Children don’t obey their parents because they have to. They have countless questions about everything and need to receive satisfying answers. Only logic is acceptable to them. If you can show them why bullying is wrong, they will fix their problematic behavior. They must understand why it’s wrong to hurt others. Empathy can be a great learning tool for bullies. Questions like, “How would you feel if this was done to you?” are excellent for this purpose. Bullies should acknowledge that their victims didn’t deserve the treatment they were given.


The idea of accountability forms the basis of the legal system. As a parent, your child must recognize you as the authority that will judge and punish them for wrongdoing. Lay down the rules and develop a routine of repeating them regularly. Enforcement of these rules will show your child that you are serious about bullying. Punishments like suspension are not particularly effective. Temporarily depriving your child of something they love is a good move. Use positive reinforcement to teach them how they should have dealt with that situation. They might not be able to express themselves verbally so a letter of apology may work well too. You must teach your child to make amends so no hard feelings remain.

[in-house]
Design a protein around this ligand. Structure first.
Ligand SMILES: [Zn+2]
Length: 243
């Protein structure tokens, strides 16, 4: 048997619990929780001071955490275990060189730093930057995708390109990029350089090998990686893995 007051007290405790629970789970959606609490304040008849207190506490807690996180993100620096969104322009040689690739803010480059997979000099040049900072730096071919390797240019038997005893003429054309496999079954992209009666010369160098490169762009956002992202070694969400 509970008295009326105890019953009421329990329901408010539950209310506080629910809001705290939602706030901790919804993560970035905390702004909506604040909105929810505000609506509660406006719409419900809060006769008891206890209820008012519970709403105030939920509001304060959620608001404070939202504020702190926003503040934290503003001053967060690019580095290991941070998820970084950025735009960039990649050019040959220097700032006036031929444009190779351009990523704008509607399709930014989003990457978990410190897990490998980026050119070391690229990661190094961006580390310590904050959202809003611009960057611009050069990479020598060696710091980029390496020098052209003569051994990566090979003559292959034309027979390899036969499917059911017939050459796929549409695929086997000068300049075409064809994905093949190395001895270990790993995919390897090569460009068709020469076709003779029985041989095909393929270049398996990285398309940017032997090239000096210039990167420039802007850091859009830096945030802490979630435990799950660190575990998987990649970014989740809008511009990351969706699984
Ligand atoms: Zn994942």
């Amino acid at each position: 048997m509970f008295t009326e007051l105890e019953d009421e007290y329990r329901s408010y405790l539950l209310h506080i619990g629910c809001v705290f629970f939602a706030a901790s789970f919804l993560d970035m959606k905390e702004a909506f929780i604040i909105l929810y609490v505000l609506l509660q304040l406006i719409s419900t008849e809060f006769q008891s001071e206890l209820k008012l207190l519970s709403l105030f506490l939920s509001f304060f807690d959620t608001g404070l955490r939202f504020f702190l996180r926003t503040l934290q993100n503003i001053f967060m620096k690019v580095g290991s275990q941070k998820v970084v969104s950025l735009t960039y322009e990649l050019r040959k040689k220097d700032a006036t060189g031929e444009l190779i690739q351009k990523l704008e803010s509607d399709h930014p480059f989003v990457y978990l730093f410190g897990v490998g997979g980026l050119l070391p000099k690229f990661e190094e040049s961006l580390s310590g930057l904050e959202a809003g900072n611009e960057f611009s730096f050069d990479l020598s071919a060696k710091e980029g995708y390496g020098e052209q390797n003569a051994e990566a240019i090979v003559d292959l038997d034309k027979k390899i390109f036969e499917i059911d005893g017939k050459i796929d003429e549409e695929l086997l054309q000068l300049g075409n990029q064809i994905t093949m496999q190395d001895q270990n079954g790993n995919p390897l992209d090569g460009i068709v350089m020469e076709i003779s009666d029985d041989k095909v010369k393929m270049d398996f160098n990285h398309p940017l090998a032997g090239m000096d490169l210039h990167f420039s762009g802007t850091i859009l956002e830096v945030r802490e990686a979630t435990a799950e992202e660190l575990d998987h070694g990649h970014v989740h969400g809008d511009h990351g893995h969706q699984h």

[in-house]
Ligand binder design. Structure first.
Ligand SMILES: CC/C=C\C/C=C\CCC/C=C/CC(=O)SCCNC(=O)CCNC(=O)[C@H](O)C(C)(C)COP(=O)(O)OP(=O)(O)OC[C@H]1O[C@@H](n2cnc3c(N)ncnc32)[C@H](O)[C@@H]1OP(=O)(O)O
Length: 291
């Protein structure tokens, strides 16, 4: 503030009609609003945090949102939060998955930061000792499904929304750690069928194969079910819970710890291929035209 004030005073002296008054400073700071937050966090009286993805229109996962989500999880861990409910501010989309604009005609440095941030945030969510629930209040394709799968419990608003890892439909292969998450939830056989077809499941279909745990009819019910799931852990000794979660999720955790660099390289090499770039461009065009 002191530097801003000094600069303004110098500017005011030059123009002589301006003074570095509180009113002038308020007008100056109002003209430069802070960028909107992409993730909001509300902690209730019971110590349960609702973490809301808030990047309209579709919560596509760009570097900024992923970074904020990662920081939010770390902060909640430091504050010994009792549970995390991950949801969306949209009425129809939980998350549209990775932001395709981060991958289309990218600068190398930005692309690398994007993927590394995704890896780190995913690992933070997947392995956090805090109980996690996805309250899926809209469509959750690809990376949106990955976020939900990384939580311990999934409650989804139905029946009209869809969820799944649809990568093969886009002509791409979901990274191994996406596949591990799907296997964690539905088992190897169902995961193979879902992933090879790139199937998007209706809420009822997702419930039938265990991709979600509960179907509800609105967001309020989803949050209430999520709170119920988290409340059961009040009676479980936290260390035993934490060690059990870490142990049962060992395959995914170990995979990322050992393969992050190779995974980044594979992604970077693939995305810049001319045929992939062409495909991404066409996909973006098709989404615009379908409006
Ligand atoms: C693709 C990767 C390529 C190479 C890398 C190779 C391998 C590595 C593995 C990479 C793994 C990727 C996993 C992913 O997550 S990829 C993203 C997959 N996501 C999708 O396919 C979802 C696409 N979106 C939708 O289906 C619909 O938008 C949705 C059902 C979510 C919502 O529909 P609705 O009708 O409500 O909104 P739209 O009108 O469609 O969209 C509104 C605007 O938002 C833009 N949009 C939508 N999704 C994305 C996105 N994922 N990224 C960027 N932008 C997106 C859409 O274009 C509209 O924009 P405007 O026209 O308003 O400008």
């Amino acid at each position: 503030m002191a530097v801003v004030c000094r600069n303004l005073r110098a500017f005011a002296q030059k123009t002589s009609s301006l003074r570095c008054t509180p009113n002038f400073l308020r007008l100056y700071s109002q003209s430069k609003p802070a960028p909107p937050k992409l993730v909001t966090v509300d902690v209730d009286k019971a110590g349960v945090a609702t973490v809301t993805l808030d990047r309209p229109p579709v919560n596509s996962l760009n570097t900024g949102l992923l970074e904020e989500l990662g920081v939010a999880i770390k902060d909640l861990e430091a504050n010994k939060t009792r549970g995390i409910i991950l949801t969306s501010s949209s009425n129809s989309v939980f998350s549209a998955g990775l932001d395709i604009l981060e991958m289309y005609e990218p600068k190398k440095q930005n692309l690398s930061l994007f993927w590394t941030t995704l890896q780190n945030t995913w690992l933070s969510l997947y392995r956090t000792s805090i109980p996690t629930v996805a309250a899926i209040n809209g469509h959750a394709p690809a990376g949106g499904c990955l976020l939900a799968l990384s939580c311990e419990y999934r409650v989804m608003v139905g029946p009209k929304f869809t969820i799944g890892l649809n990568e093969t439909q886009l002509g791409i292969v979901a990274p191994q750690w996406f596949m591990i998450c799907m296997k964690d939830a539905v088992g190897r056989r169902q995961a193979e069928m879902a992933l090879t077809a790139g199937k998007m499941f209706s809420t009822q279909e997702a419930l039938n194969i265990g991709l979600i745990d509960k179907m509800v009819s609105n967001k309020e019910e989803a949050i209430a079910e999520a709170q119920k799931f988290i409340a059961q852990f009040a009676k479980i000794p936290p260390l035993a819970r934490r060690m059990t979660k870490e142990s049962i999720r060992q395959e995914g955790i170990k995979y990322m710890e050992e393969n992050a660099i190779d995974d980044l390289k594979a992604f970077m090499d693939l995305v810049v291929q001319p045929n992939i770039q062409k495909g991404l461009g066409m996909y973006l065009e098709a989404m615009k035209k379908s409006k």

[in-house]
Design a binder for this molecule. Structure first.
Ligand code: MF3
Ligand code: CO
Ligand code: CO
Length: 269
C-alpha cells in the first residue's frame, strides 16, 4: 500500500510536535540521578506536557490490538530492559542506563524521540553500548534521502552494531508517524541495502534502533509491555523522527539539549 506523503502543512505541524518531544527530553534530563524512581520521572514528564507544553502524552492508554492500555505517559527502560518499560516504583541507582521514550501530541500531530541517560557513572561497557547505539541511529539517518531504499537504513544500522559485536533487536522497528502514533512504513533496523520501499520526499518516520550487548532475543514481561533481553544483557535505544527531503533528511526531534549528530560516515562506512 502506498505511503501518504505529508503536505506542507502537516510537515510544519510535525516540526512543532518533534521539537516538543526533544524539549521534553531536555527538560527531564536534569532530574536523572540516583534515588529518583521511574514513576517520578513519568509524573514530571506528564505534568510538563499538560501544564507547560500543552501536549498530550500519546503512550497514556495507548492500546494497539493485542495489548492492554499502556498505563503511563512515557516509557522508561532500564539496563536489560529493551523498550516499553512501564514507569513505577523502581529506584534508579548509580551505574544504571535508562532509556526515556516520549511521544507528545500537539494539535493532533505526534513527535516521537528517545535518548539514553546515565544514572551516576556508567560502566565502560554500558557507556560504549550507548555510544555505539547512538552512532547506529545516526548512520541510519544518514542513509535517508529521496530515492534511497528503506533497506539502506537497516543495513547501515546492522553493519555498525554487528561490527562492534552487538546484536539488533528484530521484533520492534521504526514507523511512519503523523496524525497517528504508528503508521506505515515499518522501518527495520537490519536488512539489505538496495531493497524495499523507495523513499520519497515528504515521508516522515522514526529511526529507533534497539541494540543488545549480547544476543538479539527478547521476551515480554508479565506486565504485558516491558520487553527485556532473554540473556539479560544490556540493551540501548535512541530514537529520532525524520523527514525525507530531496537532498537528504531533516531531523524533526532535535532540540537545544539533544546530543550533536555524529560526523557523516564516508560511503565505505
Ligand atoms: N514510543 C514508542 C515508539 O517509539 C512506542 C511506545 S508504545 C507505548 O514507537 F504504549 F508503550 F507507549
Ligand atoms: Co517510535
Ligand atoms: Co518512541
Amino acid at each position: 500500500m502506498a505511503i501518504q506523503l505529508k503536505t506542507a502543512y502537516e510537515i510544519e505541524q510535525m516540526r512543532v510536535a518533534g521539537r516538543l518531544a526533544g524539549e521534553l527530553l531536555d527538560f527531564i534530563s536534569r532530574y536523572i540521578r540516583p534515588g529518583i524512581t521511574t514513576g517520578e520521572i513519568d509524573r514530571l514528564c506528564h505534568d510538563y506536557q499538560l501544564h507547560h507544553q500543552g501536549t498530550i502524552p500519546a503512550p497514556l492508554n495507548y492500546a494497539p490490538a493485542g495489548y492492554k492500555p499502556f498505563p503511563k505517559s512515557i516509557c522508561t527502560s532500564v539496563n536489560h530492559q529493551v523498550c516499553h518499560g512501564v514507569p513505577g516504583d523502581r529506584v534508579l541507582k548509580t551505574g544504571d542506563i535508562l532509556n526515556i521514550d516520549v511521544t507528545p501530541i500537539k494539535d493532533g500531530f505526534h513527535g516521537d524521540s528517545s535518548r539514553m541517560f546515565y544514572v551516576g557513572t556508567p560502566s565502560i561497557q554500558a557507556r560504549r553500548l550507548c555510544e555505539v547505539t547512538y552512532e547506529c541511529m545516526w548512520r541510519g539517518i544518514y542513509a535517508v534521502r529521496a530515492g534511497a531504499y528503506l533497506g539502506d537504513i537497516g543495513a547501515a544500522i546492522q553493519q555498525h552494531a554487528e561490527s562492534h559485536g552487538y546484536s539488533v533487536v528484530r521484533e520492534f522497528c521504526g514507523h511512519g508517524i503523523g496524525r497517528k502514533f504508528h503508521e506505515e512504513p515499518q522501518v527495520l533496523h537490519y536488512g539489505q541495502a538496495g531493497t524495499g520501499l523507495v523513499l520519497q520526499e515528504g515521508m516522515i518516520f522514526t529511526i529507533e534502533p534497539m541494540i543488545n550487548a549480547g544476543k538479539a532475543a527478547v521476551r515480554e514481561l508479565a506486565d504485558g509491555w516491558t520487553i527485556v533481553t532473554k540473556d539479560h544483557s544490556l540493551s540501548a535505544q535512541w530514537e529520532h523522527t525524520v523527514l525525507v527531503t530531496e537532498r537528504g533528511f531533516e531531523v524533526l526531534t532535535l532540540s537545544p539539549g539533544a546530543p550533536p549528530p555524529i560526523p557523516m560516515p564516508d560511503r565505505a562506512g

Social Skills

If your child has emotional issues which lead to them becoming a bully, consulting a professional child therapist would be ideal. Teaching your child how to deal with different situations and people is a good bullying prevention exercise. Learning how to build and nurture relationships with peers may go a long way in eliminating bullying. There are several group activities you can arrange with other parents to help children grow together in a healthy environment.

Bullying commonly takes place in educational institutions and playgrounds. Be active in discussing this issue with the school. Parents and faculty can work side by side to resolve difficult cases and prevent bullying by devising special programs. Promoting awareness and education is vital to fixing this problem. The first step is to have frank conversations with everyone concerned. It’s not just about the bullies and victims but the bystanders too. These are not just students but often adults as well. A system must be developed on the most basic level for reporting bullying and resolving each case fairly.